Olympic Games 2016 review

Olympics Week One round up for Team Kiwi!

On the morning of Friday 12 August as we slept, kiwi rowers Eric Murray and Hamish Bond won New Zealand’s first gold medal of this years Olympics in Rio. The duo also won gold at the last Olympic Games in London in 2012, when they set a world record. In fact, Eric and Hamish have been working so hard over the last few years that they have been undefeated in the last 69 races they have competed in. Phew, that’s a lot of wins! Lets have a look at how the rest of the New Zealand team did….

 

Mahe Drysdale also received a gold medal in rowing when he defended his first place title in the men’s single sculls in week two of the Games. Mahe, who went to school in Tauranga, won gold in the same event at the 2012 London Olympics, and is a five-time world champion.

In yet another rowing win, Genevieve Behrent and Rebecca Scown claimed a silver medal in the women’s pair event. This is the second medal for Rebecca, who won bronze in 2012, and a great comeback for Genevieve, who returned to rowing last year after taking a break in 2014.

 

Another successful Olympian from Tauranga, Luuka Jones scored a silver medal for her amazing efforts in the K1 canoe slalom, where competitors have to paddle downriver and upriver through hanging gates. Luuka came in at 14th place four years ago at the London Olympics, so she must have been training hard.

Natalie Rooney made Olympic history at the beginning of the first week when she won a silver medal in the women’s shooting event . Natalie, from South Canterbury, achieved the best shooting result ever for New Zealand after her Aussie competitor bet her by one point.

 

A silver medal was also awarded to Ethan Mitchell, Sam Webster and Eddie Dawkins of the New Zealand track cycling team. Ethan, Sam and Eddie, who came first in the Cycling World Championships in March, said they were very proud to win silver after the British team beat them by less than a second to snap up the gold.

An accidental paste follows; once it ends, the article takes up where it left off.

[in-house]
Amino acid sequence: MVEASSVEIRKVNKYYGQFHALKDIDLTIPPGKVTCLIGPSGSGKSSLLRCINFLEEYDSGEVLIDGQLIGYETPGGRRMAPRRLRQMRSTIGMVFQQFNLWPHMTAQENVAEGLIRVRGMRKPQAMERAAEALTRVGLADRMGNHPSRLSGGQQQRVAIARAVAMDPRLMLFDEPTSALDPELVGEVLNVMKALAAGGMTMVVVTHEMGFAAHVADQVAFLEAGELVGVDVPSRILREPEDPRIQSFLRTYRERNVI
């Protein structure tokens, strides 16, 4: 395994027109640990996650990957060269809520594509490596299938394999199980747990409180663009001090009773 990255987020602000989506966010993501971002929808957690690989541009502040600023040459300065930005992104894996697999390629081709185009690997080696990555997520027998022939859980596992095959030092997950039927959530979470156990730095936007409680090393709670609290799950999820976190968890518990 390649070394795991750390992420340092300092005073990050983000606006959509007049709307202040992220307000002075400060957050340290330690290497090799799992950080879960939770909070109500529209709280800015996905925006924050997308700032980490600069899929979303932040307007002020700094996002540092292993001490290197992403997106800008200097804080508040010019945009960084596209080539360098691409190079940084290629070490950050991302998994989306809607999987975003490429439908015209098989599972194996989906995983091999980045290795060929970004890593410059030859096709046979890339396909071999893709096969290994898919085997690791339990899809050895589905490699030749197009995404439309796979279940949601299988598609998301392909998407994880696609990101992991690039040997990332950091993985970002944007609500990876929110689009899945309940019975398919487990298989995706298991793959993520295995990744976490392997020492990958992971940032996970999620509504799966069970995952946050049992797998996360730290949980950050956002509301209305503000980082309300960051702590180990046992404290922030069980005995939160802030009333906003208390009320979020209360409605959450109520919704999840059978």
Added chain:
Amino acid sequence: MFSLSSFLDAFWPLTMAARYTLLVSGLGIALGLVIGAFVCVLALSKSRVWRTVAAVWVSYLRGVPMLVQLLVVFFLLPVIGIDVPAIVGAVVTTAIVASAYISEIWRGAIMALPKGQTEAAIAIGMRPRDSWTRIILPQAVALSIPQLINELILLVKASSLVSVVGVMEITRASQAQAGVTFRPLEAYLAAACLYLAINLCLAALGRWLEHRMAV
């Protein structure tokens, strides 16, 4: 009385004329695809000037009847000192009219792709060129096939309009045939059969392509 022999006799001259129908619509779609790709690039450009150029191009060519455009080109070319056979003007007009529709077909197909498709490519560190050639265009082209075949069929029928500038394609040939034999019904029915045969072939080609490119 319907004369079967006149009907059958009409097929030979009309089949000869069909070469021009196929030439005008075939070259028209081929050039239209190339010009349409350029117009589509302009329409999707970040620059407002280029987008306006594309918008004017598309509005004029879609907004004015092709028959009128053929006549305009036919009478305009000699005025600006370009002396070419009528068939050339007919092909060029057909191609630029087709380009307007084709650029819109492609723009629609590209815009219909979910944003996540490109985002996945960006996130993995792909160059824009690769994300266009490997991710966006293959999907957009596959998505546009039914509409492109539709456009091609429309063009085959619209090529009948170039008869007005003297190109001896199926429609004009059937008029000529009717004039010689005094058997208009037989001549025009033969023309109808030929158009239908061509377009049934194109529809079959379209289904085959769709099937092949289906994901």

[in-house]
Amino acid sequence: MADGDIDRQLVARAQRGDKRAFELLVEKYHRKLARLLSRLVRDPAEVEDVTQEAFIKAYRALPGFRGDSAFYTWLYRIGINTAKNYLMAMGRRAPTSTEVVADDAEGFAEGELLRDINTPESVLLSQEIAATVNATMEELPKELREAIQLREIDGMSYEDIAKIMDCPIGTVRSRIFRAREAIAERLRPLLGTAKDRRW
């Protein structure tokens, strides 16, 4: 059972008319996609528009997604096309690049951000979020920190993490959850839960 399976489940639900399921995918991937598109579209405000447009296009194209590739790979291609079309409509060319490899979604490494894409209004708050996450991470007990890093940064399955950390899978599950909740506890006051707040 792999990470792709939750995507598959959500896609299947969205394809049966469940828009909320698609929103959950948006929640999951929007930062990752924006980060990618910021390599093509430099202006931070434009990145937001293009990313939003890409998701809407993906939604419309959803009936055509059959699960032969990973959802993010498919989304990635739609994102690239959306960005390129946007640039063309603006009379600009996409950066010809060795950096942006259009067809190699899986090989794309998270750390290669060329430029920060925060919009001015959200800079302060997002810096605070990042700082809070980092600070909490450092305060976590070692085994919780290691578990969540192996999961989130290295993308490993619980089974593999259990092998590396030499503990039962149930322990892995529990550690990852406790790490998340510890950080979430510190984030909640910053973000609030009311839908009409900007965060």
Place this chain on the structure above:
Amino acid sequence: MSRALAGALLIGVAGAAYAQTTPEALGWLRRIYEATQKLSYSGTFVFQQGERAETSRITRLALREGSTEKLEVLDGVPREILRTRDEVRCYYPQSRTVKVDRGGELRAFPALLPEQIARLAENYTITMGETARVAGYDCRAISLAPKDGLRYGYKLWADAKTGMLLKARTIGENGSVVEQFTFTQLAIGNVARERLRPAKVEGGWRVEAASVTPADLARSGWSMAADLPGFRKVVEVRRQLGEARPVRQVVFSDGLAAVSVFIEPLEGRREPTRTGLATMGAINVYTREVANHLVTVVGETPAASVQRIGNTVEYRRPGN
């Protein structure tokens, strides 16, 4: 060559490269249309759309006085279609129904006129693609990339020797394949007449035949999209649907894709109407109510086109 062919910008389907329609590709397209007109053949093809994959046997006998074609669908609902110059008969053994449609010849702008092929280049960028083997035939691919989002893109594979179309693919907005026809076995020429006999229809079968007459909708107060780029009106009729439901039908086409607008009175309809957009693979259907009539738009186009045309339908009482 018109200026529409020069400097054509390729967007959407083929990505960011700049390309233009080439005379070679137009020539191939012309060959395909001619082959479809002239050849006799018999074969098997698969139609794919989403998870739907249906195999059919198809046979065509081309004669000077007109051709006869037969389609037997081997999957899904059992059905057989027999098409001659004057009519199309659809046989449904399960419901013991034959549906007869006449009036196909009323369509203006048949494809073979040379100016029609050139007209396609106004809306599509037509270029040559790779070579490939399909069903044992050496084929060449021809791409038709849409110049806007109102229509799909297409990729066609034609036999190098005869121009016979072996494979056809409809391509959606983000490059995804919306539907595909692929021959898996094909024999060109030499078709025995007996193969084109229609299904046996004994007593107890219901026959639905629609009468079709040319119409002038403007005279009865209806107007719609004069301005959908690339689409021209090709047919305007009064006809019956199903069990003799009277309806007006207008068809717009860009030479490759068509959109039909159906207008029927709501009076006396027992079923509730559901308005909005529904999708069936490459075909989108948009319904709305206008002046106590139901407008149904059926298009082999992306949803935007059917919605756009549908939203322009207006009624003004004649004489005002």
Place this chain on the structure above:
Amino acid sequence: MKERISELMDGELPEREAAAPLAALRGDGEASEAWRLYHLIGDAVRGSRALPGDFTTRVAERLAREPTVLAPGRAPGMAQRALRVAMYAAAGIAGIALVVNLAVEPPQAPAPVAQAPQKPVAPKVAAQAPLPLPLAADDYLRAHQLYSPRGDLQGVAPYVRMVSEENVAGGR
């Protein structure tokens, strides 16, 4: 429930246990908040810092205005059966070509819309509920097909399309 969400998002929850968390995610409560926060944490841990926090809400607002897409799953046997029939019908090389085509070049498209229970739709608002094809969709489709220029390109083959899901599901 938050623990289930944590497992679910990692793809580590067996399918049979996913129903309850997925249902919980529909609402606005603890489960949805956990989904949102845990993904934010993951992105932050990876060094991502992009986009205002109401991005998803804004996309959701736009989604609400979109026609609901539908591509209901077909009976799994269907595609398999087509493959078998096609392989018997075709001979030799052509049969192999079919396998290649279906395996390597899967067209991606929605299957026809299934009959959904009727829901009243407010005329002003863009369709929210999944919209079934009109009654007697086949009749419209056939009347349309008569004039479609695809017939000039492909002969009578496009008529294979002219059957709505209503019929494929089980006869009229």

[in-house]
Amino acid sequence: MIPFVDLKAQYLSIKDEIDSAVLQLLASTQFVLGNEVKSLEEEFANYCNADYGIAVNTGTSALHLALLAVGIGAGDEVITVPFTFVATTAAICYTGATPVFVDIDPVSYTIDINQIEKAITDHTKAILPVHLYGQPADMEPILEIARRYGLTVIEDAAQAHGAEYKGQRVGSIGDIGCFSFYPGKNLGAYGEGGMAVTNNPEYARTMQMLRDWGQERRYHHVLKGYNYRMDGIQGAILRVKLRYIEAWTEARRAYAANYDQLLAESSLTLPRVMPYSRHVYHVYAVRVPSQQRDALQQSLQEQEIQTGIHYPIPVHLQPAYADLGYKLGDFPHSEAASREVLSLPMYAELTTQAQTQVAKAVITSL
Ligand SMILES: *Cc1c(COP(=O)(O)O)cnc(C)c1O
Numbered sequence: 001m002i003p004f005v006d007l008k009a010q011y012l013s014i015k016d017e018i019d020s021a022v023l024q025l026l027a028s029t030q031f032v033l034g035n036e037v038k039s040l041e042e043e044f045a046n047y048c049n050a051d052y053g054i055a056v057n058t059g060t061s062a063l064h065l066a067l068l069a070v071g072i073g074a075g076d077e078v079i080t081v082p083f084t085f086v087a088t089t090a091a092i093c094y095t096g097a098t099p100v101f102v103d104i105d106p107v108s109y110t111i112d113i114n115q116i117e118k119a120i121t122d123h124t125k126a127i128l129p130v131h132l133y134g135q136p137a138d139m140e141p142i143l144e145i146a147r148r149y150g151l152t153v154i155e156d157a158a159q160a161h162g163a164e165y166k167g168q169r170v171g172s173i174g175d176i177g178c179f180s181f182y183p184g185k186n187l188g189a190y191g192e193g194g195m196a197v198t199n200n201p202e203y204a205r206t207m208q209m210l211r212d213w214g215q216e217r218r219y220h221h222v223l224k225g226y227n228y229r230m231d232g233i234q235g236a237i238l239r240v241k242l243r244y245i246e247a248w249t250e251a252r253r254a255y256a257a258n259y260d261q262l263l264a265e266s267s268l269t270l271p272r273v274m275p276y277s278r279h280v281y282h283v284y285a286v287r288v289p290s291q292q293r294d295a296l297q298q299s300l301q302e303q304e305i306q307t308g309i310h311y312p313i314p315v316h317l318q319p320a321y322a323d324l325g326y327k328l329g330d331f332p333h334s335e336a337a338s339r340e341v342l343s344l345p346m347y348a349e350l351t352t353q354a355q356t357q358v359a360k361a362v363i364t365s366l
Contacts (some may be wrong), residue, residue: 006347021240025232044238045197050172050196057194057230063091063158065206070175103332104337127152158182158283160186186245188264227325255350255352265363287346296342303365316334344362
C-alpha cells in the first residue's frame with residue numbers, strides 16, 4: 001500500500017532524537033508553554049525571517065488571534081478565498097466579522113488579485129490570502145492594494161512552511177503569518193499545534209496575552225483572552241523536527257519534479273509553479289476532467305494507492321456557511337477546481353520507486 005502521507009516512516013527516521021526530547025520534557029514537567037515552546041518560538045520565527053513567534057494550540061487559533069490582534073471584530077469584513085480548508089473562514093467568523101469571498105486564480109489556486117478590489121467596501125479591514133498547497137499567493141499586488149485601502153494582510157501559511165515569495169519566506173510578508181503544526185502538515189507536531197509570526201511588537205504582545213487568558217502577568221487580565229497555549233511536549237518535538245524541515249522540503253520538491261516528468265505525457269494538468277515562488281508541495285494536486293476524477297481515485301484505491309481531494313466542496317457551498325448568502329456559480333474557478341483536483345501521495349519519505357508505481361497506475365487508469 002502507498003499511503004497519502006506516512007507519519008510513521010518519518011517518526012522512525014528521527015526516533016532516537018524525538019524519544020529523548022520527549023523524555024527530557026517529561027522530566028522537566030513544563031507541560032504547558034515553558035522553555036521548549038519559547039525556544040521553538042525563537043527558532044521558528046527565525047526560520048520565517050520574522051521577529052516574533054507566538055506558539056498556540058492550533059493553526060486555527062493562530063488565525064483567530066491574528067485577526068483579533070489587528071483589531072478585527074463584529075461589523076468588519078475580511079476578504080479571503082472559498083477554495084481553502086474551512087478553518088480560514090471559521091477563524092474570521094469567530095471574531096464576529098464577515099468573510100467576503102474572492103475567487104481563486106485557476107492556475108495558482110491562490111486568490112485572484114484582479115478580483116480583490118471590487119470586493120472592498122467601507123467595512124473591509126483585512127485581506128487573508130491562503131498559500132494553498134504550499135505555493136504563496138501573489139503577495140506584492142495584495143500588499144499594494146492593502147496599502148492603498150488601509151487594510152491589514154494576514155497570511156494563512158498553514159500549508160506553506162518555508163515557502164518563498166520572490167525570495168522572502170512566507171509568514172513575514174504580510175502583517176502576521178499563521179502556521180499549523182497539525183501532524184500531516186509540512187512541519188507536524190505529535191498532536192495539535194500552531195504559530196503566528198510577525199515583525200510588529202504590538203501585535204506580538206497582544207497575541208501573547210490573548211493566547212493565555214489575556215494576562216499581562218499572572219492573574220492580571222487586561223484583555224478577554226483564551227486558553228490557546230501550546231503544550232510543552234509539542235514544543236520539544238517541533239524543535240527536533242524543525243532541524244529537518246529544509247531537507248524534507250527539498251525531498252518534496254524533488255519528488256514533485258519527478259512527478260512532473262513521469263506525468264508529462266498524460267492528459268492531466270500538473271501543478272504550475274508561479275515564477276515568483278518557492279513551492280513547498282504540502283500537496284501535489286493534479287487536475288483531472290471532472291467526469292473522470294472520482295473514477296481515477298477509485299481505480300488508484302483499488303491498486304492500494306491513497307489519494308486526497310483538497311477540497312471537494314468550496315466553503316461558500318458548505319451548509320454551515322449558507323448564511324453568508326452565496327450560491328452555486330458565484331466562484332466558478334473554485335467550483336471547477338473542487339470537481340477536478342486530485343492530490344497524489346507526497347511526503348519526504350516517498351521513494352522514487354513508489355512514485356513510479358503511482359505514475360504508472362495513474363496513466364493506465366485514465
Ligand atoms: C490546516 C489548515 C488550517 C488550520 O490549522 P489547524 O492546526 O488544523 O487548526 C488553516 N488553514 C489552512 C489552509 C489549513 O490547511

This was the fourth Olympics for well-known kiwi athlete Valerie Adams, who won a silver medal this year for shot put. Valerie had been the world’s top women’s shot putter for the last 10 years, having won gold in both the 2008 and 2012 Olympics, but was beaten by her American competitor who set a national record at this years Games.

 

Finishing off our silver medal winning streak is the New Zealand women’s rugby Sevens team, who came in at second place after their game against Australia. The team, who are Rugby World Cup champions, played a great game, with member Portia Woodman toping the scoring charts for the Olympic events.

 

A huge well-done and congratulations to all our talented and dedicated Olympic athletes, you have done New Zealand proud!

Check out the library catalogue and the New Zealand Olympics website for more information.

 

Equestrian Events at the Olympic Games

Equestrian is the sport of horse riding. It is one of the few Olympic sports in which men and women can compete against each other and is the only Olympic sport that involves animals.

Olympics EquestrianIt is a unique sport in that both horse and rider are considered to be a team, and both are declared medal winners. This is to recognise that it takes many years of training by horse and rider to develop the special skills required for these events.

Equestrian has three different disciplines. They are jumping, dressage and eventing. For each of the three disciplines, there is an individual and a team event.

Equestrian events date back to the Olympic Games in ancient Greece. The Greeks would train their horses to be useful during times of war. In 680BC, chariot races and horseraces were both contested at the Greek Games.

Jumping was the first equestrian event to be included in the modern Games. It was introduced in 1900. Dressage and eventing were added in 1912.

New Zealand has 8 member in the 2016 Equestrian team. They include riders such as Sir Mark Todd, Jonathan Paget and Jonelle Price. You can find lots of information about each team member here.

You can also find out lots of information relating to equestrian and other sports here at Rio 2016 Olympics.

Go New Zealand!!!!!!

Swimming events at the Olympic Games